C is for Candy

“The future was a thing that gleamed. The present was so very, very good…”


Two young lovers battle the various levels of heroin addiction and attempt to survive the everyday struggles that is thrown in front of them during the course of their relationship. It isn’t exactly a groundbreaking, original idea and despite stellar acting from all three main characters, Candy doesn’t really bring anything new to the table.

Candy is played by Abbie Cornish. She’s innocent and beautiful and fragile. But it’s when she taps into her tormented and irritable side that she shines. Cornish plays the role with gentle ease. Her subtle facial expressions and her benign demeanour make her performance all the more believable. Heath Ledger plays her boyfriend Dan, a would be poet, the free spirited, long haired stereotype who we are to presume has dragged Candy along for the ride toward his oblivion. Both Cornish and Ledger are pretty faultless throughout and share a potent chemistry on screen that is difficult to find these days.

Although it does have it’s dark moments, it’s nowhere near as morbid as something like Requiem For A Dream. For the most part it does follow the traditional downward spiral of addicts that we’ve seen countless times on the screen before but instead of lumping itself firmly in one pigeonhole, it does it’s best to remain varied in it’s approach. Strangely there are some funny moments too and I got the feeling that Ledger may have been ad-libbing some lines of dialogue just for shits and giggles. The problem with the movie is that we don’t actually get to know the characters before they become addicts so we can’t judge them on how different they are. It makes it difficult for us to give a shit about them when they finally hit rock bottom. Still Cornish and Ledger have a certain quality that makes their plight unpleasant to watch.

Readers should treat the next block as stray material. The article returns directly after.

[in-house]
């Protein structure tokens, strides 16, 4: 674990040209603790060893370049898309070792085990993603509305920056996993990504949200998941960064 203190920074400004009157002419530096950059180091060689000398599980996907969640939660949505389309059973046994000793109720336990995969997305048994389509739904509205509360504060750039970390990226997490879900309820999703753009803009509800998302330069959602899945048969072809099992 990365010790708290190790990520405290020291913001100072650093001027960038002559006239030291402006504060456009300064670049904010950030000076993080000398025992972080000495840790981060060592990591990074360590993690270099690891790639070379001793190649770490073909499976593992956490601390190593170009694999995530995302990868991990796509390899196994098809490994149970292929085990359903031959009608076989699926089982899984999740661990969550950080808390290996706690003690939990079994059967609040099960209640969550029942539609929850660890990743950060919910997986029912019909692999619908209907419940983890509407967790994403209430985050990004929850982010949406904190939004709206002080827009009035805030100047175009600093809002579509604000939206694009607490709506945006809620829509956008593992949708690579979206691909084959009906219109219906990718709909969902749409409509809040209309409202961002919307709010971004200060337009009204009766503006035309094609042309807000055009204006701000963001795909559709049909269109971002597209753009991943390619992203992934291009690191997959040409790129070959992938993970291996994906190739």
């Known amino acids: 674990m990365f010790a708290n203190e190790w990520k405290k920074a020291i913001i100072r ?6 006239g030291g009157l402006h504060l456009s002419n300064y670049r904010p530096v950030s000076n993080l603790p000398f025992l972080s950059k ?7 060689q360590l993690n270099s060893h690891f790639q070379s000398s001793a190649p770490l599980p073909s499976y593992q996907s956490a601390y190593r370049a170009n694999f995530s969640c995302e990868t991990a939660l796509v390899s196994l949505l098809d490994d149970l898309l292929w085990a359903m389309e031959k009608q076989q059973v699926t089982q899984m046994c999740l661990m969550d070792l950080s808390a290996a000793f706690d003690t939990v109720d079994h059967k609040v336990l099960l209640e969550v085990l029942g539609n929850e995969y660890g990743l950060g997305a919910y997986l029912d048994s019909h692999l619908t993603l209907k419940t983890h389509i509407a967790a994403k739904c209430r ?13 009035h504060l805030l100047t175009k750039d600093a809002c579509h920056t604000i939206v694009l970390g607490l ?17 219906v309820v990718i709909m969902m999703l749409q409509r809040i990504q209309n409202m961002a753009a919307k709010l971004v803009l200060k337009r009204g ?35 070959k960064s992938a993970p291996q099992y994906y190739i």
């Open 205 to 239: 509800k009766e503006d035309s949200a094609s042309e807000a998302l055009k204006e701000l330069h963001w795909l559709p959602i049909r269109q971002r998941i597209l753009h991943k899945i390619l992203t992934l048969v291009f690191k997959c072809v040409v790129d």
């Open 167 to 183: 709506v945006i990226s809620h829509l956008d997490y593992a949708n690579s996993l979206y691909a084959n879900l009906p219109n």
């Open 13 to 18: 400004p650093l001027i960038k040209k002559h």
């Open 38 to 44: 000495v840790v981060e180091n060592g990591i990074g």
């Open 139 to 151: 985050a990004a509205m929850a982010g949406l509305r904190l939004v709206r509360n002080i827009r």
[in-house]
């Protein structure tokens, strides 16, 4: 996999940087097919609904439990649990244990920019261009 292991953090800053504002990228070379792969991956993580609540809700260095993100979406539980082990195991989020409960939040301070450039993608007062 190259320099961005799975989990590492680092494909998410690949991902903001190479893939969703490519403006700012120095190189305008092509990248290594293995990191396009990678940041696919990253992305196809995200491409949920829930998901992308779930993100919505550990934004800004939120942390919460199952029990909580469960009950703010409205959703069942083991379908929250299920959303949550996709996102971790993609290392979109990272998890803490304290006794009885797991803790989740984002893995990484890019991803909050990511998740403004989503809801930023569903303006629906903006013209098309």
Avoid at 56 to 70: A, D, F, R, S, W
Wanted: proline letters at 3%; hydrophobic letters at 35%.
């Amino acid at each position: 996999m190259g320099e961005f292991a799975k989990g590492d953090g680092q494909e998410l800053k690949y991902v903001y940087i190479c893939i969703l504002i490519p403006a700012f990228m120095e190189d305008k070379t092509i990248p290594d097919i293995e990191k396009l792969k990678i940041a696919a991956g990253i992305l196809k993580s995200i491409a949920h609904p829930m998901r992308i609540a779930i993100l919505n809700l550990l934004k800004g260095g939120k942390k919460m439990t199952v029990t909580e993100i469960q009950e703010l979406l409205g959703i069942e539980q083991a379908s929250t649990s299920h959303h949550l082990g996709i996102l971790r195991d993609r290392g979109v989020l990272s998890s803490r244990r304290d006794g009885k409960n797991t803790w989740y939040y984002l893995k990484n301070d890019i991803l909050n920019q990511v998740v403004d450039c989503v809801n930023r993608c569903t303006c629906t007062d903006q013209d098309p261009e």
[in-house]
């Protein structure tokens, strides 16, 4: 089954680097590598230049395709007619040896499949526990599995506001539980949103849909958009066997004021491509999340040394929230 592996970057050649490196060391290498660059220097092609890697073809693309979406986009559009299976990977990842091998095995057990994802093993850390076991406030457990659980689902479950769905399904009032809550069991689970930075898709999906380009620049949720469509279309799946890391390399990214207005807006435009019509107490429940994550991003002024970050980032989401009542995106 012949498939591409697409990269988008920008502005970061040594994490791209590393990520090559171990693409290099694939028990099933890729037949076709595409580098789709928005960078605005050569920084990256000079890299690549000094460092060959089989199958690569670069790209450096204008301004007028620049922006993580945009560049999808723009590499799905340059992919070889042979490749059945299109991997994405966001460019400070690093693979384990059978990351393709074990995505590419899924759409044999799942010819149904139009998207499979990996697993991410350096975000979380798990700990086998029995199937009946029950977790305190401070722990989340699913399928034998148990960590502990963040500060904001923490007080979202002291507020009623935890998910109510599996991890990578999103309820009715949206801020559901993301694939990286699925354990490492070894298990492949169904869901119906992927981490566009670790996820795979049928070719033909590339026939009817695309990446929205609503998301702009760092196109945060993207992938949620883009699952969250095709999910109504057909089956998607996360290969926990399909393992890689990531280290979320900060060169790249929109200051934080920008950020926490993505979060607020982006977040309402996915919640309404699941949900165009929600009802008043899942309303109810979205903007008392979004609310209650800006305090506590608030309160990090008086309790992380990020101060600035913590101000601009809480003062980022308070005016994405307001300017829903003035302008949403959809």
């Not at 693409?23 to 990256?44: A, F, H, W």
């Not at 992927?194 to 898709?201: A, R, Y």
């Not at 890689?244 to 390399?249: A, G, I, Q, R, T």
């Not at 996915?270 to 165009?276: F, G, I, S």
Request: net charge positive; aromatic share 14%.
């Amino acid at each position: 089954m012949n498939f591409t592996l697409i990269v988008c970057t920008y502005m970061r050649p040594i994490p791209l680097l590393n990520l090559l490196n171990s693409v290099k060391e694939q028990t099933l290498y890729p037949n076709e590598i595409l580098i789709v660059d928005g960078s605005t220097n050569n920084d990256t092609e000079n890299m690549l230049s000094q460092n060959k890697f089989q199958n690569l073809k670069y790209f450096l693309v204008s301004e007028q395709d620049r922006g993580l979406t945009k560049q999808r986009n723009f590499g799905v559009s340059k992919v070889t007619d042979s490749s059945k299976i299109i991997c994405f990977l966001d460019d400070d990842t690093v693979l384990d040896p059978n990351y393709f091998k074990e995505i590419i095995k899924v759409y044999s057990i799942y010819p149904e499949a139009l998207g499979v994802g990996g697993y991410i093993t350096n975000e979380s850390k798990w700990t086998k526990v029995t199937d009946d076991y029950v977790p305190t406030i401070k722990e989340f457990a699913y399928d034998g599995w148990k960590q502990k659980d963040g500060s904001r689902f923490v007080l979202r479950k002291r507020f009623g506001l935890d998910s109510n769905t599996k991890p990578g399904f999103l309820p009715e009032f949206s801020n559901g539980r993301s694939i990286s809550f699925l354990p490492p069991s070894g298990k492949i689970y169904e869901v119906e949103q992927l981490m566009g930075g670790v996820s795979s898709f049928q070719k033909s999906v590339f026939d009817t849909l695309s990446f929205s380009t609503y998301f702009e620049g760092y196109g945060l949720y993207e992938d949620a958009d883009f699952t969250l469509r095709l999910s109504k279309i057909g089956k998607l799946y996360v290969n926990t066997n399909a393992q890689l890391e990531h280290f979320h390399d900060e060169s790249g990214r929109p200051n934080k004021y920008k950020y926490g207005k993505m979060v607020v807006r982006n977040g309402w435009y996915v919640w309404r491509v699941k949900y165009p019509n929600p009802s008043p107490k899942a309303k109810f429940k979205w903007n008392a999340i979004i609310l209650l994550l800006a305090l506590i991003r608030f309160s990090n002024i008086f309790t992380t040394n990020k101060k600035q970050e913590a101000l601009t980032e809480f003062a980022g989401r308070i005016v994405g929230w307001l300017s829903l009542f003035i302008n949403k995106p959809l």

Geoffrey Rush is great as always but I wish he had been given more screen time. His character Casper is a chemistry professor who spends his spare time at school making homemade heroin. He’s very likeable but feels a little under-utilised. We don’t really fully understand his relationship with Dan and Candy. He’s a friend, a mentor, a father figure but at the end of the day he’s their supplier.

Neil Armfield certainly had a vision for this movie. It does get a bit arty and wish-washy at times, electing to ponder over ambiguous sentiments in favour of a more direct narrative. Ledger’s narration throughout sometimes slows it down when what it really needs is a kick up the arse, but it does look beautiful and it never really delves too far into it’s artistic abyss. Considering the subject matter, Candy shares equally it’s heartbreaking moments with it’s optimistic ones. A good effort and admirable attempt by all involved but unfortunately it can’t really decide what it is so it just ends up being prosaic instead of poetic.


Gavin Logan – Follow me on Twitter



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